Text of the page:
1)    The Princess Bride by William Goldman and other favourite books of mine from childhood, like the Narnia books, The Wizard of Earthsea and The Book of Three. I was given a copy of The Princess Bride  for my 13th birthday, and it immediately became one of my favourite books. I have always loved books filled with adventure, magic, romance, humour and pathos, stories set long, long ago and far, far away. When I set out to write the ‘Chronicles of Estelliana’, I wanted to recapture the feel of the books I had loved so much as a child.

2)    I have always had a deep love of fairytales and fairytale retellings. As well as the power to enchant and entertain, I believe that the old wonder tales can help us work through the deep internal conflicts that beset us all as we grow to adulthood. The books in the Chronicles of Estelliana consciously draw upon, and invert, fairytale motifs. In The Starthorn Tree, the Count of Estelliana lies in a deep, enchanted sleep as the result of tasting a poisoned apple and it is his sister who sets out to wake him. In The Wildkin’s Curse, there is a princess imprisoned in a tower but Rozalina does not wait passively to be rescued, like Sleeping Beauty or Rapunzel. She wishes and prays and tells stories, and in the end, curses her captors.

3)    This book grew out of my own deeply-held belief that words and stories have power.  One of my favourite quotes is from Joseph Conrad who said: ‘My task which I am trying to achieve is by the power of the written word, to make you hear, to make you feel – it is, before all, to make you see. That – and no more, and it is everything.’

4)    The idea of a princess imprisoned in a crystal tower was the very first spark for this book. When I was two years old, I was savaged by a dog and ended up with terrible head injuries that resulted in meningitis. As a result of this, I was in and out of hospital for the next six years. Many long days were spent lying in my hospital bed, staring out the window and imagining myself galloping away over the hill, on my way to marvellous adventures. As a result, people held captive in towers is a motif that appears again and again in my work.

5)    Early on in the writing of the book, I had assembled my three adventurers and given them their quest but I had no idea how they were to rescue my imprisoned princess. I didn’t want to have Zed, Merry and Liliana just wandering through the land having vague, fantasy-style adventures (i.e. attack by monster in lake, misadventure while eating stew in roadside inn). I believe a story is like a sword – it must have a point. So my books always have a deeper thematic structure to them. Each obstacle my characters overcome has some kind of symbolic significance, as well as a practical function. So I had been puzzling over this particular problem for some time, but had not yet worked out a solution. I went for my morning walk and strode along, thinking, ‘how can they rescue Rozalina? How?’ Suddenly a raven took to the air, right in front of me, and dropped a single black feather at my feet. I bent and picked up the feather, my mind racing with ideas. A feather … a cloak of feathers … a damaged cloak of feathers that is missing seven feathers, each one from a different bird … a raven, symbol of death and wisdom … a tragic battle scene … an eagle, symbol of power and royalty … a dangerous climb to the top of a cliff … a nightingale, symbol of true love … a tender romantic scene late in the book … I walked faster and faster and faster, my mind leaping from one idea to another, and by the time I got home I had my entire novel fully plotted out. It was one of those amazing serendipitous moments that make writing a novel such a joy.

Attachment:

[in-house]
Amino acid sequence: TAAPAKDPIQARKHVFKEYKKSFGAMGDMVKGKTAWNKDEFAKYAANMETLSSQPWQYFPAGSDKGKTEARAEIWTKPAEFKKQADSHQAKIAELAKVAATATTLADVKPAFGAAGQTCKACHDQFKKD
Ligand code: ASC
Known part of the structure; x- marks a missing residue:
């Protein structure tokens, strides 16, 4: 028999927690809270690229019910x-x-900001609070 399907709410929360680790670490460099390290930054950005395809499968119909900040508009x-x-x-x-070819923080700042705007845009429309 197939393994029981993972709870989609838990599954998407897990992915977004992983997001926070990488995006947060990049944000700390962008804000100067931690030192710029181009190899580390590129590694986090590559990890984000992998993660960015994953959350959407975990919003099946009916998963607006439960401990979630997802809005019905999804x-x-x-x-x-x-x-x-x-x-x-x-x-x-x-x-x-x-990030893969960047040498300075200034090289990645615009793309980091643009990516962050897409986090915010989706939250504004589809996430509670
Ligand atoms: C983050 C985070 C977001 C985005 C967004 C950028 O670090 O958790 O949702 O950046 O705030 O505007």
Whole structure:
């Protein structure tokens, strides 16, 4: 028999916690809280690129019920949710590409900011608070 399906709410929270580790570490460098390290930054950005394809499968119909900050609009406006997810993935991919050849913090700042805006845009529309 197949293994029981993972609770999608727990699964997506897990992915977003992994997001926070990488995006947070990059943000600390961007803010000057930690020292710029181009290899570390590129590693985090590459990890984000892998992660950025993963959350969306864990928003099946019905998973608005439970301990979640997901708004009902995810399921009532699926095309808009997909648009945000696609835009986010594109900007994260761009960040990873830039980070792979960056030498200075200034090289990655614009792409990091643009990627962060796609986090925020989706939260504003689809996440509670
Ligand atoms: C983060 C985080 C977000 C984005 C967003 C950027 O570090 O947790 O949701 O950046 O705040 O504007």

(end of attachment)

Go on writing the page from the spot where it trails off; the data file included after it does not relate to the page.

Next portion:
6)    World building is an important part of a fantasy writer’s job, and this means thinking very deeply about the effects of certain social, political or geographical factors upon your world. In the world of Estelliana, the ruling starkin families have married among themselves for many generations. I had read long been interested in haemophilia, sometimes called ‘the Royal Disease’ because of its ravaging effects among the  descendants of Queen Victoria. Her eighth son died of the disease, despite every effort to keep him from injury, and at least nine of her grandsons and great-grandsons were also haemophiliac. It was whispered that the queen’s family had long ago been cursed by an unhappy monk, and certainly the disease works in such a strange way that it must have seemed like malignant magic. Only boys are affected, and there was little hope, in the olden days, of growing to be an adult. It would make my world much more interesting, I thought, to have Rozalina being blamed for cursing her father so that none of his sons would live beyond babyhood, making her … a scorned girl-child and a despised half-breed … the heir to the throne.